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SAVANNAH, GA-Certain green building practices not only can provide economic benefits through greater energy efficiency, but they could also become potential revenue sources, say executives at AMB Property Corp., which is developing a center near this city’s port. The San Francisco-based REIT is developing its first LEED-certified project, a 3.3 million-sf speculative distribution center, on 249 acres near this city’s port.

The development kicked off with a 343,000-sf multi-tenant spec facility set for completion this spring, but it is two buildings with more than one million sf each that hold the promise for significant future revenue enhancement, according to John Morgan, AMB vice president, development, east region, and Steven Campbell, senior vice president and director of environmental and development services. The potential source of revenue is solar power.

“Many of our buildings have a million sf of roof area or more,” notes Morgan. “You need about one megawatt of power to run that building. That translates to about 100,000 sf of photovoltaic cells, which means you have 900,000 sf remaining where you could generate another nine megawatts of power.”

Theoretically, says Morgan, a building owner could sell the excess power back to the local utility company, but currently there are obstacles to doing so. The more serious obstacle is a regulatory environment, which varies somewhat from state to state, that limits the amount of energy that can be returned to the utility grid for compensation.

“Generally you can only build a bank account for your building that lasts 12 months,” Campbell tells GlobeSt.com. “We believe there’s significant legislative desire at the state level to change that, but at the moment that’s the law.” He says the situation is particularly nettlesome in Georgia because of the clout of the coal industry. “Georgia is the number one coal burning state in the country,” he points out.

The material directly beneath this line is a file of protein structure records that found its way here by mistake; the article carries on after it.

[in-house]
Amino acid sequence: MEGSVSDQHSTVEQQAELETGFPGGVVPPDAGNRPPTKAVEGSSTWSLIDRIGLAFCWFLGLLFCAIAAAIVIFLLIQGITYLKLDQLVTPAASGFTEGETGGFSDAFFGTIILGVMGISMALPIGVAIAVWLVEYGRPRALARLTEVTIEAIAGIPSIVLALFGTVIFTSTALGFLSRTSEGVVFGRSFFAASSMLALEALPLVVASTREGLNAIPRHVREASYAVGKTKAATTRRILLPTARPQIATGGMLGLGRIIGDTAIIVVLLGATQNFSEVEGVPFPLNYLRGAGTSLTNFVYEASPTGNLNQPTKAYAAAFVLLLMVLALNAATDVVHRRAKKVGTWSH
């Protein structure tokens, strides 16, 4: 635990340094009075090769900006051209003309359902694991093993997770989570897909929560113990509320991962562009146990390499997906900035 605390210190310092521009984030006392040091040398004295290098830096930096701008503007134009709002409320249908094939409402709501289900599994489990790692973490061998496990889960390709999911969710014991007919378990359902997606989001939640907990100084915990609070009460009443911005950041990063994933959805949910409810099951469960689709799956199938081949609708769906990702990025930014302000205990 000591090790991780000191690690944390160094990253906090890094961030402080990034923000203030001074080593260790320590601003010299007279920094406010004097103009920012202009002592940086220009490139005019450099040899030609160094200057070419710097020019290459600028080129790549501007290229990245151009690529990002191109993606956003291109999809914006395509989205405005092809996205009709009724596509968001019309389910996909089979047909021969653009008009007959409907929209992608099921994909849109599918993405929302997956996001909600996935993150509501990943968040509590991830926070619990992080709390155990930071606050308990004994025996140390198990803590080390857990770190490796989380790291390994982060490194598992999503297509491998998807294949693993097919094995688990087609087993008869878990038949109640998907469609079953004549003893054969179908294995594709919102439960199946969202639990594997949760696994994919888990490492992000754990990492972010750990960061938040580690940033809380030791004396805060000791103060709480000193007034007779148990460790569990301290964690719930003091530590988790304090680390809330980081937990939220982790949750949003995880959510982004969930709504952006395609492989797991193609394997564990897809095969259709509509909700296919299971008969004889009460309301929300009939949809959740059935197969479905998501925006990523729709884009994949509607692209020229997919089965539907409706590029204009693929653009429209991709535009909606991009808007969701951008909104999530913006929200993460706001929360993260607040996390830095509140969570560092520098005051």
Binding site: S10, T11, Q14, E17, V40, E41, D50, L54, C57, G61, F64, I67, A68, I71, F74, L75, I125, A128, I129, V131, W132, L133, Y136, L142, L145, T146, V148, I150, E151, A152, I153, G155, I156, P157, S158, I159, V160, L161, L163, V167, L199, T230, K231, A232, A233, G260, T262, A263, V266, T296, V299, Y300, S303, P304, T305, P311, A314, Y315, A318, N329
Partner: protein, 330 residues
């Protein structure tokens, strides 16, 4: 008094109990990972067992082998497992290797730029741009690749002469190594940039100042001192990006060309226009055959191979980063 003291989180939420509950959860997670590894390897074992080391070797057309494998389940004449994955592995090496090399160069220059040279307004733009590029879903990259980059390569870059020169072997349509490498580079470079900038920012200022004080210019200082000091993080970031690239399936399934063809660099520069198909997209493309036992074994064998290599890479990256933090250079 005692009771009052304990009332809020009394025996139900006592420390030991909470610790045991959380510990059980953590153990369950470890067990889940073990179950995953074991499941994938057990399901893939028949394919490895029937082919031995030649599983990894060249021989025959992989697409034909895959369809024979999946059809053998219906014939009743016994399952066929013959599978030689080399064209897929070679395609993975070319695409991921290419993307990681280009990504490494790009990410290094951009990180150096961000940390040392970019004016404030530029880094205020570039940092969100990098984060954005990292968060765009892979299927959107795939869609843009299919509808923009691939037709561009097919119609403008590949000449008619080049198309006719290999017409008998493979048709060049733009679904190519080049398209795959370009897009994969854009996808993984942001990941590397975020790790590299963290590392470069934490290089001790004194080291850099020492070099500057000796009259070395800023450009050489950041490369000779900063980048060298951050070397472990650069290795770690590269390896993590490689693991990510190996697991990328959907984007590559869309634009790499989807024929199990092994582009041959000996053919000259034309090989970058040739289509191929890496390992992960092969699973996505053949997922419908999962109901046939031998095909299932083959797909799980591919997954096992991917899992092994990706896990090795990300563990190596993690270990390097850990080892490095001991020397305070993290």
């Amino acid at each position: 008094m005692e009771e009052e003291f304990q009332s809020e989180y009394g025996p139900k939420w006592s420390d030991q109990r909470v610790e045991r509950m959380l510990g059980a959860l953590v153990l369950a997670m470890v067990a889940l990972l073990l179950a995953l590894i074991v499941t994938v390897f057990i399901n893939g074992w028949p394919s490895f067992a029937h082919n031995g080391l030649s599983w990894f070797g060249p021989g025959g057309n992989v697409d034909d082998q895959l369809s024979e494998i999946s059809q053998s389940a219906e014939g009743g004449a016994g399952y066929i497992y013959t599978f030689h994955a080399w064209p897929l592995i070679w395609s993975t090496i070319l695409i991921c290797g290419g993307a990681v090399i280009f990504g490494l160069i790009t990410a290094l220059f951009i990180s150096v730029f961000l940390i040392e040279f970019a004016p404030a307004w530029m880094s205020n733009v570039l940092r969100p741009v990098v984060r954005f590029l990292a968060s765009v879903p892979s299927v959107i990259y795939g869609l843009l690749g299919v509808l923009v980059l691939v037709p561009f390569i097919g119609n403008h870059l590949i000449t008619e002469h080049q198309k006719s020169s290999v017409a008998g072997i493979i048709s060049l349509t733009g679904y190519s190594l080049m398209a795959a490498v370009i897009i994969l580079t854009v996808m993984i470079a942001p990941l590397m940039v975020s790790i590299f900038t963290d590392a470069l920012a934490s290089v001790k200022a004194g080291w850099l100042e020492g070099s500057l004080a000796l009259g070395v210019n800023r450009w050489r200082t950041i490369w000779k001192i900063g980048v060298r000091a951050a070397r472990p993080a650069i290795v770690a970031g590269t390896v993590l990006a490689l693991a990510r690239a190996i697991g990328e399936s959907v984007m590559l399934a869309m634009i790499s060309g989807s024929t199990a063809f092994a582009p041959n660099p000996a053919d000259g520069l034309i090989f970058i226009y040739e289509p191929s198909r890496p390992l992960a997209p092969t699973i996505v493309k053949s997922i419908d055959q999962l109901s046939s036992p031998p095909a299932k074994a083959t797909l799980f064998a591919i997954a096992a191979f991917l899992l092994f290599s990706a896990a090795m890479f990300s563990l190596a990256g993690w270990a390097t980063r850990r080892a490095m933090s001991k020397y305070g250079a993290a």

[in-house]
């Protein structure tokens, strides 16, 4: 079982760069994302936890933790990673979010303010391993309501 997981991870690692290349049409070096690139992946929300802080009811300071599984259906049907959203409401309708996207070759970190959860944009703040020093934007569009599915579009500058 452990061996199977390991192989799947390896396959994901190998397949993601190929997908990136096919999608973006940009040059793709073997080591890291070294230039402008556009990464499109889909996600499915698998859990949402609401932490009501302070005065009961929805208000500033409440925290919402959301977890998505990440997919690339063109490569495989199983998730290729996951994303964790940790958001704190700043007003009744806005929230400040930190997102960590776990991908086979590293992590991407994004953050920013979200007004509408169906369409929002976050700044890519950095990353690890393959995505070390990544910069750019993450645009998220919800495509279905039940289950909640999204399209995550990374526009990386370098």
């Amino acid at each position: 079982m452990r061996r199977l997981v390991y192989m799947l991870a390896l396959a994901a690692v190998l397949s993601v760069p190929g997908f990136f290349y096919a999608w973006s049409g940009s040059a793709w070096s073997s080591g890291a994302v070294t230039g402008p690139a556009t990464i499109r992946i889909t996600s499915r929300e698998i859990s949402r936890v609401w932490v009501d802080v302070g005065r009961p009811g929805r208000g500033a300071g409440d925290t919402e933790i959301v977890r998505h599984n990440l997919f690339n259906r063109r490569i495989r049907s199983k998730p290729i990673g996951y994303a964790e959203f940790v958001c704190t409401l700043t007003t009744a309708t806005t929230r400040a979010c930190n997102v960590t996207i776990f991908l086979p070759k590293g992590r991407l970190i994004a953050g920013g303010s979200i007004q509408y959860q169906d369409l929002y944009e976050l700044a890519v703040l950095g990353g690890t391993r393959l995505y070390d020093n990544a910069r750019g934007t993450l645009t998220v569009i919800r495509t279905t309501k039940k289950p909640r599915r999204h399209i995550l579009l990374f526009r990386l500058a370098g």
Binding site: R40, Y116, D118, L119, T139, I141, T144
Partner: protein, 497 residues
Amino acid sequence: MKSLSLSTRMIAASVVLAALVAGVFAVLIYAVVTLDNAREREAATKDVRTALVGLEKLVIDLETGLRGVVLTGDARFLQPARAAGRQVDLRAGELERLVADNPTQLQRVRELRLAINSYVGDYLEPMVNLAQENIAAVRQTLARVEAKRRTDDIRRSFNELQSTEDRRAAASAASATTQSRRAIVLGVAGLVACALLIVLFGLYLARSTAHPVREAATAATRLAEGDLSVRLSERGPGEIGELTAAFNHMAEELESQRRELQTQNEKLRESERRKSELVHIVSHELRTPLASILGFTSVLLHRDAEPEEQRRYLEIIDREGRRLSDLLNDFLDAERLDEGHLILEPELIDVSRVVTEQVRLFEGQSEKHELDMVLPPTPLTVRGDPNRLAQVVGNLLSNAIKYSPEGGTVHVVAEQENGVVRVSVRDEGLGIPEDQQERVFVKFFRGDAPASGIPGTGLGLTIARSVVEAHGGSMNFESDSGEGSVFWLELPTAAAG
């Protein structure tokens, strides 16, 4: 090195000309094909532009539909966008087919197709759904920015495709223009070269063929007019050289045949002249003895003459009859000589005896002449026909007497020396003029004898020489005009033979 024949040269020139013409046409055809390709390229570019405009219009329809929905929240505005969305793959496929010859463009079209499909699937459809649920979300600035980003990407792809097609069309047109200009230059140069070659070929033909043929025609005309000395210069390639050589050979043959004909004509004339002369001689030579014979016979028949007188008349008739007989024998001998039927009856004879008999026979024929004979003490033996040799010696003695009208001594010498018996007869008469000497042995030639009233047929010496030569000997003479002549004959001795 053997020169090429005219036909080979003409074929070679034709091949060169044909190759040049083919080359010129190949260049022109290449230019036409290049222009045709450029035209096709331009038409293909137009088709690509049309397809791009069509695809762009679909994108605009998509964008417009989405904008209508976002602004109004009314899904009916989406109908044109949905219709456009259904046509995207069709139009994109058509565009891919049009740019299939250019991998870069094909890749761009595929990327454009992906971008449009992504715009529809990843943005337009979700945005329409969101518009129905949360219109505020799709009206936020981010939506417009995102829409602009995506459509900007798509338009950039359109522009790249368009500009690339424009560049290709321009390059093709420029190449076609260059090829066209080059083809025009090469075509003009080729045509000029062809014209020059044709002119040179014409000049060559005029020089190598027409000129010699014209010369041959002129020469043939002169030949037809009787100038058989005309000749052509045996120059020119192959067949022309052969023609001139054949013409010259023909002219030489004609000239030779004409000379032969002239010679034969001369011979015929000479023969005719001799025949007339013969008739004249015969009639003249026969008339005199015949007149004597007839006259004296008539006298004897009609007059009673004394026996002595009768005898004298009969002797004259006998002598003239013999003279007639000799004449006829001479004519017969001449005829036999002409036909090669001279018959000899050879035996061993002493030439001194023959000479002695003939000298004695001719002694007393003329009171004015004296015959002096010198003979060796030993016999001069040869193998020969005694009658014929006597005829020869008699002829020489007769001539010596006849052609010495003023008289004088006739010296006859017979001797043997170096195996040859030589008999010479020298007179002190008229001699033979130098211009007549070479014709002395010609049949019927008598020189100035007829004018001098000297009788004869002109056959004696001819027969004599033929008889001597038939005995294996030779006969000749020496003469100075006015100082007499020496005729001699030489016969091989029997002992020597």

Another obstacle is the up-front cost of installing solar panels. Though many states and local jurisdictions have incentives to reduce the cost, few of the incentive programs are yet sufficient to make installation fully economical. Morgan contrasts the situation with that of Europe, where most countries have far more advanced energy and green-building initiatives.

“The buildings we’re developing in Europe are driven by norms that have a much higher standard than we have in the US,” he reports. “If you look at them on a LEED point basis, all of them would be certified, and most would hit on at least the silver certification level.”

In addition, Morgan continues, most European utility companies are required to accept solar or wind-generated energy back on the grid. “We have not reached that level in the US,” he observes. “Our government structure is not set up to address these issues cohesively, partly because it is so fragmented. In Europe, energy and green-building policy is set at the national level.”

Campbell believes the market has not fully grasp the range of economic benefits provided by green building. “We think as people get up to speed and start to look at their operating costs, they’re going to gravitate toward these facilities,” he says. “High-efficiency lighting, for example, can pay for itself in nine months. After that, it becomes pure savings. Ultimately the market will validate all this, but it’s still coming around.”

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